Three years ago on February 11, 2008, when Reliance Power got listed after attracting the highest-ever investor response to a public issue, Anil Dhirubhai Ambani Group (ADAG) became the second-most valued in India with a combined market capitalisation of Rs2,86,839 crore — second only to the
Mukesh Ambani group.
But things fell apart — fast. And with changing business dynamics of industries that it operates in, the group's valuation over the last three years has come down to less than a third to Rs87,000 crore, or lower than the market capitalisation of nine private sector companies, from Reliance Industries to Larsen and Toubro.
While ADAG has lost 70% of its value in three years, the stock market benchmark BSE Sensex has gone up by 8.8% in the same period.
As if the weakening business environment was not enough to hit the fortunes of Anil Ambani and his companies, a January 14 consent order by capital markets regulator Securities and Exchange Board of India (SEBI) made things worse. It restrained Anil Ambani, four directors of the group and Reliance Infrastructure and RNRL from investing in the secondary market, all of which fell 6-10% in the next trading session.
SEBI's consent order related to a case of fraudulent and unfair trade practices between 2007 and 2009 by the group companies. Anil Ambani later clarified that the order will in no manner impact the company's growth plans as they retain full financial flexibility.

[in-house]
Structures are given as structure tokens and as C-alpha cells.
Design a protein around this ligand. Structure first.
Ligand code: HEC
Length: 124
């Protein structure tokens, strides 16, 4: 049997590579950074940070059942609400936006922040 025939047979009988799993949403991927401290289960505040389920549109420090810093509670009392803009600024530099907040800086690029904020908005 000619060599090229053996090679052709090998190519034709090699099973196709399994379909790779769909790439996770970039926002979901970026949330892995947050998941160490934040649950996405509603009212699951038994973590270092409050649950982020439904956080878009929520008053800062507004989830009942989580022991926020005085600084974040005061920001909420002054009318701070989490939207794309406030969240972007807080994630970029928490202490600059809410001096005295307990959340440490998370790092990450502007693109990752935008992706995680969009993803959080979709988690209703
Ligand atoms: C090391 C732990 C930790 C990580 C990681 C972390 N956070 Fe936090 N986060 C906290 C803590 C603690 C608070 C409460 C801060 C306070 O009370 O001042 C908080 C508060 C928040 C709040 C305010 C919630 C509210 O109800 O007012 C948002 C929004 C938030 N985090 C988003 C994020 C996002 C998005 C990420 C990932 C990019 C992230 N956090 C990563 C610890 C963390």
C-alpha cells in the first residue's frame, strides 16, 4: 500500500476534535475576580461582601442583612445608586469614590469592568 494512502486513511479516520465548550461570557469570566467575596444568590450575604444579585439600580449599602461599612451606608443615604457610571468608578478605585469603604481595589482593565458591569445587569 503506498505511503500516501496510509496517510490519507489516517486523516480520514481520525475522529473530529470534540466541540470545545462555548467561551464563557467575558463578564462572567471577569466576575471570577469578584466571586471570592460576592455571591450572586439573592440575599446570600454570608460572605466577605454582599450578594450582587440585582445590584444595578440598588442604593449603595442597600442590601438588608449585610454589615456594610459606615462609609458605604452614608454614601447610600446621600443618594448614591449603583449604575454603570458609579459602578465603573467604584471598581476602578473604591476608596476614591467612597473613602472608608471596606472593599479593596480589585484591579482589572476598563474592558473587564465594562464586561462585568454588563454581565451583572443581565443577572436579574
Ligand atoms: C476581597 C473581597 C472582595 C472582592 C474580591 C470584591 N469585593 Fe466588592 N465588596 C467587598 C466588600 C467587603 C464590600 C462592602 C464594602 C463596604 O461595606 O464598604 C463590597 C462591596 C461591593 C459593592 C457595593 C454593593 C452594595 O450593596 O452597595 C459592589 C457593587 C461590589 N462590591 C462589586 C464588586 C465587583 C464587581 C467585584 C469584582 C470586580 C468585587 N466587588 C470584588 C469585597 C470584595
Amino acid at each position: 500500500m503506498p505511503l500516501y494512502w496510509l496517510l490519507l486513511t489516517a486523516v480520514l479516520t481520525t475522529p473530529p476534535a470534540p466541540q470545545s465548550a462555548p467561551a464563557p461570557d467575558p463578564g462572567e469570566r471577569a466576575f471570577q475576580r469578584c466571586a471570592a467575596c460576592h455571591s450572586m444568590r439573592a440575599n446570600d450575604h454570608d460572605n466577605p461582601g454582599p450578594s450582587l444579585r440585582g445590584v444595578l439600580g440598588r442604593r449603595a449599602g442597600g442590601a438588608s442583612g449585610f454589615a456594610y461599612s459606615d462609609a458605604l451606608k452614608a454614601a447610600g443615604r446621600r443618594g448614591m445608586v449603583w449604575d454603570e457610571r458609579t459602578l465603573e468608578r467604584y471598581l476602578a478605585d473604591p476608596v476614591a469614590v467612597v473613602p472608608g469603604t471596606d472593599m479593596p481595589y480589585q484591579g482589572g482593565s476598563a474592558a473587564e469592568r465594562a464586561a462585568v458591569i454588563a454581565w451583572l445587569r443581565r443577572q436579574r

Repeated mails sent to Reliance Communication, Reliance Infrastructure and Reliance Power did not elicit any response. Repeated mails, calls and SMS messages to the ADAG corporate office too did not result in a response.
Market analysts say ADAG's performance over the last couple of years has more to do with the industries the group operates in than with the group and its management.
If the telecom sector has been hit with margin pressures as a result of growing competition, the power sector has seen a dip in merchant power rates.
"In the telecom business, the company is burdened with dual technology and profitability has been below its peers," said research head at a leading global financial services company, who refused to be identified.
"In the power business, they have got ultra mega power projects and approvals for coal but have yet to set up plants."
The combined consolidated revenues of the six listed entities of ADAG have gone up from Rs38,835 crore in March 2008 to Rs51,351 crore in March 2010, a growth of 32%. But the combined profits of these entities slipped to R6,920 crore, a fall of 24%. The figures for the first two quarters of 2010-11 are also not very encouraging.
"The margins of the companies have declined over the past couple of years, which has reflected on stock market performance," said an analyst in a mutual fund.
Except for Reliance Infrastructure that saw expansion in revenues and held its ground on profit numbers, all others have seen their profits shrink.
The financial sector has been under pressure as a result of the global financial crisis, interest rate volatility, and regulatory changes between 2008 and 2010. The sole ray of hope for Reliance Capital: banking licences.
"If Reliance Capital gets the banking licence then we could see a rerating," said the head of research at a leading domestic brokerage firm.
"I would say that 70% of that (the fall in ADAG companies) has to do with the industry dynamics and 30% to company related issues," another analyst said. "Since the companies are leveraged, once the industry dynamics turn positive, ADAG will bounce faster."
To return to where it was exactly three years ago, that's going to take a lot of bounce.
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